South Wind (novel)

South Wind is a 1917 novel by British author Norman Douglas.[1] It is Douglas' most famous book[2] and his only success as a novelist.[3] It is set on an imaginary island called Nepenthe, located off the coast of Italy in the Tyrrhenian Sea,[1] a thinly fictionalized description of Capri's residents and visitors. The narrative concerns twelve days during which Thomas Heard, a bishop returning to England from his diocese in Africa, yields his moral vigour to various influences. Philosophical hedonism pervades much of Douglas' writing,[3] and the novel's discussion of moral and sexual issues caused considerable debate.[4]

South Wind
AuthorNorman Douglas
CountryUnited Kingdom
Set inKingdom of Italy
PublisherMartin Secker
Publication date

The South Wind of the title is the Sirocco which wreaks havoc with the islanders' sense of decency and morality.[5] Much of the natural detail in the book is provided by Capri and other Mediterranean locations that Douglas knew well.[3] The island's name Nepenthe denotes a drug of Egyptian origin (mentioned in the Odyssey) which was capable of banishing grief or trouble from the mind.[6] The novel was written in Capri and in London, and after its publication in June 1917 it went through seven editions rapidly, achieving startling large-scale success.[7] Critics at the time complained about the lack of a well-constructed plot.[8] The book was adapted for the stage in London in 1923 by Isabel C. Tippett,[3] and Graham Greene considered the possibility of writing a film script based on it.[9]

In Dorothy Sayers's 1926 detective novel Clouds of Witness, Lord Peter Wimsey goes through the possessions of a murdered man – a young British man living in Paris, whose morality had been put in question. Finding a copy of South Wind Wimsey remarks "Our young friend works out very true to type". In Robert McAlmon's Being Geniuses Together, he mentions meeting Norman Douglas in Venice in 1924, by which time he says South Wind was a minor classic. Apparently when sales continued for years afterwards, Douglas, to whom only a small amount was paid to begin with, received no further payments.[10]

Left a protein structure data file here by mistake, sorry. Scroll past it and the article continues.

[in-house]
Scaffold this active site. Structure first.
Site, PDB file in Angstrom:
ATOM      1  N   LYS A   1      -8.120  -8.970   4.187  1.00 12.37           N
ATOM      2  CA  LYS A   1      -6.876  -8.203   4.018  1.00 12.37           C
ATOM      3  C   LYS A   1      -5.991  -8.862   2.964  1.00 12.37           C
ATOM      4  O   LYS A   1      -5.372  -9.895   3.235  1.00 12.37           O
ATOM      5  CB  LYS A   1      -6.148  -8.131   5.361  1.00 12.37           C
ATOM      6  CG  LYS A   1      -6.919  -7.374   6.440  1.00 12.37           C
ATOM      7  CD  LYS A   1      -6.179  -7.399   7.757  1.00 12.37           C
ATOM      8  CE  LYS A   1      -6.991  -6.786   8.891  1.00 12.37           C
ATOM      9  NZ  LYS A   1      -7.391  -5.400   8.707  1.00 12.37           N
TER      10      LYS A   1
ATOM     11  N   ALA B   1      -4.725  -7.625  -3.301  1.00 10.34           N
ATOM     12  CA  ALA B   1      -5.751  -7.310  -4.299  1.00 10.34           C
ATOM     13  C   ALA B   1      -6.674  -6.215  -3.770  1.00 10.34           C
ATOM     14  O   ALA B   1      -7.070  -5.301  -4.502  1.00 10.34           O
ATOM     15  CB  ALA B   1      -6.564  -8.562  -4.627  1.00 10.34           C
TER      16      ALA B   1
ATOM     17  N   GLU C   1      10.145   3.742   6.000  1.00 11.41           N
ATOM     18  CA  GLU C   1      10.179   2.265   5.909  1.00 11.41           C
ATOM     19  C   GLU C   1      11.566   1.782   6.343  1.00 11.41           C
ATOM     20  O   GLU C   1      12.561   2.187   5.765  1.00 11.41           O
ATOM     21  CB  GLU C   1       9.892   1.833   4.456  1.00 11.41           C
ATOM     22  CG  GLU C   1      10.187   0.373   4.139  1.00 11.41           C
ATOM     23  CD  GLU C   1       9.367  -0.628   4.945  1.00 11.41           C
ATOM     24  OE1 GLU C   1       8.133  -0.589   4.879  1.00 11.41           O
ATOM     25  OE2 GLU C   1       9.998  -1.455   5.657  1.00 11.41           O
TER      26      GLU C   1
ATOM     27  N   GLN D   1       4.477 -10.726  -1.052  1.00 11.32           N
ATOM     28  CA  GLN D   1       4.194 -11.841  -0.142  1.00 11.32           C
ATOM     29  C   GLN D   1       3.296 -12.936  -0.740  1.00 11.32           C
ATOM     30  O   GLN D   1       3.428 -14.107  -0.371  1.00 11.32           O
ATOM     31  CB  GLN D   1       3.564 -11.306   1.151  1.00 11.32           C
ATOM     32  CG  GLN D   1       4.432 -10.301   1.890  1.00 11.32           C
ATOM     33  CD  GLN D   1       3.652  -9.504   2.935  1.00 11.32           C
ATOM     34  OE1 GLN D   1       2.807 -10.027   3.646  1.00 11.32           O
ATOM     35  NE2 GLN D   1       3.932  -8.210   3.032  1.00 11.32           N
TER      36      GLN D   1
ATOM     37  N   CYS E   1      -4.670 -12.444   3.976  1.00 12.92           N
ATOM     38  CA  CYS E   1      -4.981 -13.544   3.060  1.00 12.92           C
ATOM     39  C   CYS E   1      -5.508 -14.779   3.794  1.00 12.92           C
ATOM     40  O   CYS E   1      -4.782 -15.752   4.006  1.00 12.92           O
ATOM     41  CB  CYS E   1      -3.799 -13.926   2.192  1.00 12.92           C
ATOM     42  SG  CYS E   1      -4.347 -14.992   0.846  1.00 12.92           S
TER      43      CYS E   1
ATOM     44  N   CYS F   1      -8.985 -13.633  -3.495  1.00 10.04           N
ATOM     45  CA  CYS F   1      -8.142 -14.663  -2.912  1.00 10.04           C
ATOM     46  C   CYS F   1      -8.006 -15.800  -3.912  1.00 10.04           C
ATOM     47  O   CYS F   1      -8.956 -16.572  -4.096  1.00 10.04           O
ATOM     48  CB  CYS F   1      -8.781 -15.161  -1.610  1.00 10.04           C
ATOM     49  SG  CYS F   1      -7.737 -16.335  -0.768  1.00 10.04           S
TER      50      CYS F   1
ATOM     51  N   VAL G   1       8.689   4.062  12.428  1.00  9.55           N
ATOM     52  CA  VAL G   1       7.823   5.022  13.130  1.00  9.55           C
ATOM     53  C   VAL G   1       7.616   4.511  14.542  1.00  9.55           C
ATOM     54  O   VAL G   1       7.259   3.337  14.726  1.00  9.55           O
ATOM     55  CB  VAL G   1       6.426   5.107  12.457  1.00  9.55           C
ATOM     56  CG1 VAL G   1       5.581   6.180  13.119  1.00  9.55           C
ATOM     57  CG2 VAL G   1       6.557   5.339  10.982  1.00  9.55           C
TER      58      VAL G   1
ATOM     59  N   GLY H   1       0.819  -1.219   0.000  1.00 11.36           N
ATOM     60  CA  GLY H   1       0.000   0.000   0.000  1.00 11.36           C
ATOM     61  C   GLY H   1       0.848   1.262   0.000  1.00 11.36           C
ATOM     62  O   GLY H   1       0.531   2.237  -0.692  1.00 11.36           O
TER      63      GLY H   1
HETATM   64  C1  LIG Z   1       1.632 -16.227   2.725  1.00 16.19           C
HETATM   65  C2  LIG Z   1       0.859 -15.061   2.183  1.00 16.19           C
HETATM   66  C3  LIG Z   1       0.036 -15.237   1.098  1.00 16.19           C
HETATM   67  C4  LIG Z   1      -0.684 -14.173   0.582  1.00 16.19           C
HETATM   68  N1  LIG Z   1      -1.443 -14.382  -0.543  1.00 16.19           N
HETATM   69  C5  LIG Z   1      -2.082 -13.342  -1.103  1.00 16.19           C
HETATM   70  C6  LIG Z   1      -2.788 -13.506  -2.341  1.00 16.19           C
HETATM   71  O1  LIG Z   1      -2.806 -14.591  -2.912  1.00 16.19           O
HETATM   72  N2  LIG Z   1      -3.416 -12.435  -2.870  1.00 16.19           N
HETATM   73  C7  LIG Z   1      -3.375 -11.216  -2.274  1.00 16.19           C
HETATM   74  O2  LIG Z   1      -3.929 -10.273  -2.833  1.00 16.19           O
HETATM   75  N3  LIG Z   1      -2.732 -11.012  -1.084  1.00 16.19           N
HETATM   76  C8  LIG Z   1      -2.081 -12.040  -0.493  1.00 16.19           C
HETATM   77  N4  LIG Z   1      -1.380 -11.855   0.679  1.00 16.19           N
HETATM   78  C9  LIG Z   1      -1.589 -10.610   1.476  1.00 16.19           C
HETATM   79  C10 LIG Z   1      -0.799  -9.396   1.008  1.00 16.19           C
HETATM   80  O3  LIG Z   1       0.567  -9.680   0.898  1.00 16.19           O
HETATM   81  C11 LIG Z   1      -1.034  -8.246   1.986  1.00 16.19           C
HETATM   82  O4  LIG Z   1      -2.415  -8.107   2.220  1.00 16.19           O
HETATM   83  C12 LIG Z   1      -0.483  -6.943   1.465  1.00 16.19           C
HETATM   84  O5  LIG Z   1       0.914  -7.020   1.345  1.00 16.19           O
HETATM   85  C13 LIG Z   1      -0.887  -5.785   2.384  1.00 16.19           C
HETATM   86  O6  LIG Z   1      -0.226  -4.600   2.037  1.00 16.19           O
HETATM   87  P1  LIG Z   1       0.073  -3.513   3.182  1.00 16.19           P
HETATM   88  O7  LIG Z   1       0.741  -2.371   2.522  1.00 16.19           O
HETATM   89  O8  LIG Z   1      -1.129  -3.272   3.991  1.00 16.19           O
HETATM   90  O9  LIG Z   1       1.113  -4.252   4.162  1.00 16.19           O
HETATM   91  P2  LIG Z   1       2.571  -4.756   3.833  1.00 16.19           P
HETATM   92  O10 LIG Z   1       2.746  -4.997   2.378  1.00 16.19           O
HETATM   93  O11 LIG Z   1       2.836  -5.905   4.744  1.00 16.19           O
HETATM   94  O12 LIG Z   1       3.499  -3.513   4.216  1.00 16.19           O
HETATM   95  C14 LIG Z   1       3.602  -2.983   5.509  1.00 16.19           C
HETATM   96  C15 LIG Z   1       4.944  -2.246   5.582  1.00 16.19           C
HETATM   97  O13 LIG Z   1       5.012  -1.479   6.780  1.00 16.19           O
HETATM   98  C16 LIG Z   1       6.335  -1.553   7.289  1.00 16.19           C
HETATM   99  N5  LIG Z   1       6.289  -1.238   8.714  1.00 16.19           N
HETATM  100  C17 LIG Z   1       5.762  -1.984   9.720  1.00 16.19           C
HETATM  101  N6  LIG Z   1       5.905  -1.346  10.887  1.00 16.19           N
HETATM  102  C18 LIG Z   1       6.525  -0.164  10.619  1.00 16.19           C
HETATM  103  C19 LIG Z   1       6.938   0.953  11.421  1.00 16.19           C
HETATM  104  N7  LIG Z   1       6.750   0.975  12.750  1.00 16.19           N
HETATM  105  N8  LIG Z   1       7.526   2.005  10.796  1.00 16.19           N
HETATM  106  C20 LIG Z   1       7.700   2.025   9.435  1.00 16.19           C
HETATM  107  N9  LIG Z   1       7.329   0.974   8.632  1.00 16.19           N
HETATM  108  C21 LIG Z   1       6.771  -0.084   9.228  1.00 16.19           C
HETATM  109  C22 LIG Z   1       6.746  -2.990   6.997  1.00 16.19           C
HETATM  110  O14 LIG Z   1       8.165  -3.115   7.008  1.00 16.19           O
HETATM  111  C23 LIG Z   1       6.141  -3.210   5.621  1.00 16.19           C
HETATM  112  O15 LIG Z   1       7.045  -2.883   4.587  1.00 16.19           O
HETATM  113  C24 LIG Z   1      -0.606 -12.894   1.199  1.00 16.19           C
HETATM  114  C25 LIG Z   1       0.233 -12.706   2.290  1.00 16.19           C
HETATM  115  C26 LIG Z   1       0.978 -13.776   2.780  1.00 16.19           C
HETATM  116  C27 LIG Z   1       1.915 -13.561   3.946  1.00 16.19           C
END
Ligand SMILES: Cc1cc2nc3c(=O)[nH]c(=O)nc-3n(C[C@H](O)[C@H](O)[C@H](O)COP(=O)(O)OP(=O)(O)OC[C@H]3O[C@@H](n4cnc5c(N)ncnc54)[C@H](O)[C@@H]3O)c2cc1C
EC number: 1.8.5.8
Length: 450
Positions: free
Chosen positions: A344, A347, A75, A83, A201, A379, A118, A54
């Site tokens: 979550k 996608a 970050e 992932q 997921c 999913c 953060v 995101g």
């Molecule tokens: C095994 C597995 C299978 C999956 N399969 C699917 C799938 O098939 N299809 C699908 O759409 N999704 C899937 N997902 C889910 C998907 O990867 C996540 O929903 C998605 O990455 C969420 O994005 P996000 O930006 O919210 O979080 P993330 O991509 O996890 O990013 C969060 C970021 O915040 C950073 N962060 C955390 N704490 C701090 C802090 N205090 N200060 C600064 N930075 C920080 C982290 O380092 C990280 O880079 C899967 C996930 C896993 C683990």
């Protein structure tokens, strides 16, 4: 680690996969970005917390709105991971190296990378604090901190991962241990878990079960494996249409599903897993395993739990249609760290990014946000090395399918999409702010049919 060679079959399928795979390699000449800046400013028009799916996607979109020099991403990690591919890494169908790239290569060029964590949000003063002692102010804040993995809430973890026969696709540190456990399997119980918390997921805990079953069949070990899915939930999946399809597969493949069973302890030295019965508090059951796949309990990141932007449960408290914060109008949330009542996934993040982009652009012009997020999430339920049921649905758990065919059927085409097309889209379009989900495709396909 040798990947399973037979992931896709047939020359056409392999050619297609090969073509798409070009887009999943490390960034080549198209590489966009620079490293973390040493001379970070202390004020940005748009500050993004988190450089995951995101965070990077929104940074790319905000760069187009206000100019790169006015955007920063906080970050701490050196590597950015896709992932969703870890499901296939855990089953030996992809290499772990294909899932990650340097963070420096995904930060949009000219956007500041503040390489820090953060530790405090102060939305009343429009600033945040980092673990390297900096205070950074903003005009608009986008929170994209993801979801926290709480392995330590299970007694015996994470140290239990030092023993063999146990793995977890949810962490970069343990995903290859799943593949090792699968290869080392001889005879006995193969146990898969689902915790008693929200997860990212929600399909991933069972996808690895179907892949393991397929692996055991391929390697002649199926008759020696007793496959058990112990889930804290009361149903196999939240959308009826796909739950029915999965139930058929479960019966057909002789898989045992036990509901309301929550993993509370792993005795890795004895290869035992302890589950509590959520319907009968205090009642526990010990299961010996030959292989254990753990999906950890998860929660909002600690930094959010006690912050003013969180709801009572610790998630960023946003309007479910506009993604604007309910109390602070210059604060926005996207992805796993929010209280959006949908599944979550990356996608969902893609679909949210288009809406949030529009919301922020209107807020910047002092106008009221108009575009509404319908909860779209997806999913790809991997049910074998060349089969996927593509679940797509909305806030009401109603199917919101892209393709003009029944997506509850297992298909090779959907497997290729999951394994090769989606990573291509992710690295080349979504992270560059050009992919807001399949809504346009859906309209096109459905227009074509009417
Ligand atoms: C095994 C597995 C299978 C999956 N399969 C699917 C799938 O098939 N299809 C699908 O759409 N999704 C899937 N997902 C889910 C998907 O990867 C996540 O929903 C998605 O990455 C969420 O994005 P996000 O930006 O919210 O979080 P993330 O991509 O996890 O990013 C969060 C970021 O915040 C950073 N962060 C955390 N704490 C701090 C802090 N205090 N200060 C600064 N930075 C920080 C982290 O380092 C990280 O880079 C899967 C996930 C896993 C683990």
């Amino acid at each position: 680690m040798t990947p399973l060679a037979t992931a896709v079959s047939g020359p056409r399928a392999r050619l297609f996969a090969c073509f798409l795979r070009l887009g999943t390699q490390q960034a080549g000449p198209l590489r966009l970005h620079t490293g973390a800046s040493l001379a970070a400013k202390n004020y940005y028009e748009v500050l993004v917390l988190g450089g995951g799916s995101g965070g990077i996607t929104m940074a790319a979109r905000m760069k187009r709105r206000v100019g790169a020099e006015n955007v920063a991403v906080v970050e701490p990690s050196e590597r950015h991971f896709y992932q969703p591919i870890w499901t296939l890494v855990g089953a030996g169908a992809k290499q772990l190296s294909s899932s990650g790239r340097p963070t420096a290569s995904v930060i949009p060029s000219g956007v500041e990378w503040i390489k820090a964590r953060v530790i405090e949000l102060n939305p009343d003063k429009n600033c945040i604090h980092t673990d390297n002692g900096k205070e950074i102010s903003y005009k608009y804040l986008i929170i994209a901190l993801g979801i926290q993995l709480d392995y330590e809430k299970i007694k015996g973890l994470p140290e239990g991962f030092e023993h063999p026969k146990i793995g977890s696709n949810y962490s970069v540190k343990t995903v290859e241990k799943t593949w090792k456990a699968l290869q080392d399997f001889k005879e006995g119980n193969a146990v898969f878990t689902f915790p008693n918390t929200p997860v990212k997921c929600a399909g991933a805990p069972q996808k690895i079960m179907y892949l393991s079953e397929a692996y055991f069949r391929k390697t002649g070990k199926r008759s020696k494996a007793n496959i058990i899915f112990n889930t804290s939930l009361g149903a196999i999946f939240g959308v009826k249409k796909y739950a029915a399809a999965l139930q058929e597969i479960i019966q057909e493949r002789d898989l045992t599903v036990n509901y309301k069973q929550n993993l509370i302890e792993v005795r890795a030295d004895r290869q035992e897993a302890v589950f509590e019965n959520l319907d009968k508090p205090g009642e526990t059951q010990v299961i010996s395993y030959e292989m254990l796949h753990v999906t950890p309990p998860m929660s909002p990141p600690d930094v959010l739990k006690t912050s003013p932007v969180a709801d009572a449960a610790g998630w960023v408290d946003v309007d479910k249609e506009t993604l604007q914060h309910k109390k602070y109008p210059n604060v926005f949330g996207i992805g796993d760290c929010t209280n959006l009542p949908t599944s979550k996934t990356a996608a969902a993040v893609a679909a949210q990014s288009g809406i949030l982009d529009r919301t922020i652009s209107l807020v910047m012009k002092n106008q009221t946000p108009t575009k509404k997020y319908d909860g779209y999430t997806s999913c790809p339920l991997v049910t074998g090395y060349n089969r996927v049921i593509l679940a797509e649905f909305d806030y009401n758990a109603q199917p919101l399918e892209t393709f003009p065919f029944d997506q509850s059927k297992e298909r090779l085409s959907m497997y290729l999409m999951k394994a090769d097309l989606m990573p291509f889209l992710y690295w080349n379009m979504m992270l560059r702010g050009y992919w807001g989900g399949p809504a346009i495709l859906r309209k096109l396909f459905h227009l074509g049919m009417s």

1. South Wind, Literary Encyclopedia.
  2. Norman Douglas, Encyclopædia Britannica.
  3. Stringer 1996, p. 634.
  4. Ousby 1996, p. 118.
  5. Rennison 2009. entry for Norman Douglas
  6. Orel 1992, p. 69.
  7. Orel 1992, p. 73.
  8. Orel 1992, p. 68.
  9. Orel 1992, p. 77.
  10. McAlmon, Robert, Being Geniuses Together 1920-1930 (revised edition with additional chapters by Kay Boyle), North Point Press, San Francisco, 1984, p. 134


  • Ousby, Ian (1996). Cambridge Paperback Guide to Literature in English. Cambridge University Press. ISBN 0-521-43627-3.
  • Stringer, Jenny (1996). The Oxford Companion to Twentieth-century Literature in English. Oxford University Press. ISBN 9780192122711.
  • Orel, Harold (1992). Popular Fiction in England, 1914-1918. University Press of Kentucky. ISBN 9780813117898.
  • Rennison, Nick (2009). London Blue Plaque Guide (4th ed.). The History Press. ISBN 9780752499963.

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